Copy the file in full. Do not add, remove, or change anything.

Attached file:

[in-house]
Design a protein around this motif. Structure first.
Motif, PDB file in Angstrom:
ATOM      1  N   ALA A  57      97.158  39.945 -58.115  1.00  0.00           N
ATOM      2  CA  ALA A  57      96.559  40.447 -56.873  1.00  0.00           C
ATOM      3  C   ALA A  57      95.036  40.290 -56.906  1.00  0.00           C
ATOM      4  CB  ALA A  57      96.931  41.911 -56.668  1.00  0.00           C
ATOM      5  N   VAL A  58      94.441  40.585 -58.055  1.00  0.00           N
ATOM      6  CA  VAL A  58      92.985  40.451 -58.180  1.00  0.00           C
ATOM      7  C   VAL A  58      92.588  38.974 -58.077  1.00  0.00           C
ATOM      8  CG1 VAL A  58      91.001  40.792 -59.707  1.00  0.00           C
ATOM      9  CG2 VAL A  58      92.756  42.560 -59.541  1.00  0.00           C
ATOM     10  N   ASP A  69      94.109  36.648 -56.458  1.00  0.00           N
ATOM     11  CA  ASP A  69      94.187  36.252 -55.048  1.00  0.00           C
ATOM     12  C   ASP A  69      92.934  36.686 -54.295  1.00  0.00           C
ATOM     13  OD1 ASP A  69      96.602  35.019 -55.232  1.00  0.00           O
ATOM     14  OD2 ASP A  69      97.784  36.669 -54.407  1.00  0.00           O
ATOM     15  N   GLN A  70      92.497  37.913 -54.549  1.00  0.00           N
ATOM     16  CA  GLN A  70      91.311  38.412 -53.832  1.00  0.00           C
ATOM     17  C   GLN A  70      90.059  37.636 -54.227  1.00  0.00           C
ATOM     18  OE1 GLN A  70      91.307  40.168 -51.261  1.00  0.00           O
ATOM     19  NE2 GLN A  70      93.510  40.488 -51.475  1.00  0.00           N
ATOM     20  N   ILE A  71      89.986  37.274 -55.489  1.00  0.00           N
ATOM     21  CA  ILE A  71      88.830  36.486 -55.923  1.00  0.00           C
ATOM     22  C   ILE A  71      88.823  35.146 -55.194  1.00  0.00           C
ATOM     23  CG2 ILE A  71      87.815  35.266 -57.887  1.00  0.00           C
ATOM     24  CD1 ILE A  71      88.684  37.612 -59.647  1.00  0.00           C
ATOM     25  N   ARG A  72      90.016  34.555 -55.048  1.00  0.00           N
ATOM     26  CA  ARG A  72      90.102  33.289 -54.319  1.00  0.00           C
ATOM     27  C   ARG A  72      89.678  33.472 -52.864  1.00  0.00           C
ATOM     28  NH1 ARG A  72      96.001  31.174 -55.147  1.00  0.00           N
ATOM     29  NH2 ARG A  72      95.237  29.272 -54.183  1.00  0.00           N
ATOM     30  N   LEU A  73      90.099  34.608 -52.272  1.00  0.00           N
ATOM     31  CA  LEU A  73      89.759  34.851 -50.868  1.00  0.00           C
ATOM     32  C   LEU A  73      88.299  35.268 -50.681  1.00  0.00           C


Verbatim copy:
[in-house]
Design a protein around this motif. Structure first.
Motif, PDB file in Angstrom:
ATOM      1  N   ALA A  57      97.158  39.945 -58.115  1.00  0.00           N
ATOM      2  CA  ALA A  57      96.559  40.447 -56.873  1.00  0.00           C
ATOM      3  C   ALA A  57      95.036  40.290 -56.906  1.00  0.00           C
ATOM      4  CB  ALA A  57      96.931  41.911 -56.668  1.00  0.00           C
ATOM      5  N   VAL A  58      94.441  40.585 -58.055  1.00  0.00           N
ATOM      6  CA  VAL A  58      92.985  40.451 -58.180  1.00  0.00           C
ATOM      7  C   VAL A  58      92.588  38.974 -58.077  1.00  0.00           C
ATOM      8  CG1 VAL A  58      91.001  40.792 -59.707  1.00  0.00           C
ATOM      9  CG2 VAL A  58      92.756  42.560 -59.541  1.00  0.00           C
ATOM     10  N   ASP A  69      94.109  36.648 -56.458  1.00  0.00           N
ATOM     11  CA  ASP A  69      94.187  36.252 -55.048  1.00  0.00           C
ATOM     12  C   ASP A  69      92.934  36.686 -54.295  1.00  0.00           C
ATOM     13  OD1 ASP A  69      96.602  35.019 -55.232  1.00  0.00           O
ATOM     14  OD2 ASP A  69      97.784  36.669 -54.407  1.00  0.00           O
ATOM     15  N   GLN A  70      92.497  37.913 -54.549  1.00  0.00           N
ATOM     16  CA  GLN A  70      91.311  38.412 -53.832  1.00  0.00           C
ATOM     17  C   GLN A  70      90.059  37.636 -54.227  1.00  0.00           C
ATOM     18  OE1 GLN A  70      91.307  40.168 -51.261  1.00  0.00           O
ATOM     19  NE2 GLN A  70      93.510  40.488 -51.475  1.00  0.00           N
ATOM     20  N   ILE A  71      89.986  37.274 -55.489  1.00  0.00           N
ATOM     21  CA  ILE A  71      88.830  36.486 -55.923  1.00  0.00           C
ATOM     22  C   ILE A  71      88.823  35.146 -55.194  1.00  0.00           C
ATOM     23  CG2 ILE A  71      87.815  35.266 -57.887  1.00  0.00           C
ATOM     24  CD1 ILE A  71      88.684  37.612 -59.647  1.00  0.00           C
ATOM     25  N   ARG A  72      90.016  34.555 -55.048  1.00  0.00           N
ATOM     26  CA  ARG A  72      90.102  33.289 -54.319  1.00  0.00           C
ATOM     27  C   ARG A  72      89.678  33.472 -52.864  1.00  0.00           C
ATOM     28  NH1 ARG A  72      96.001  31.174 -55.147  1.00  0.00           N
ATOM     29  NH2 ARG A  72      95.237  29.272 -54.183  1.00  0.00           N
ATOM     30  N   LEU A  73      90.099  34.608 -52.272  1.00  0.00           N
ATOM     31  CA  LEU A  73      89.759  34.851 -50.868  1.00  0.00           C
ATOM     32  C   LEU A  73      88.299  35.268 -50.681  1.00  0.00           C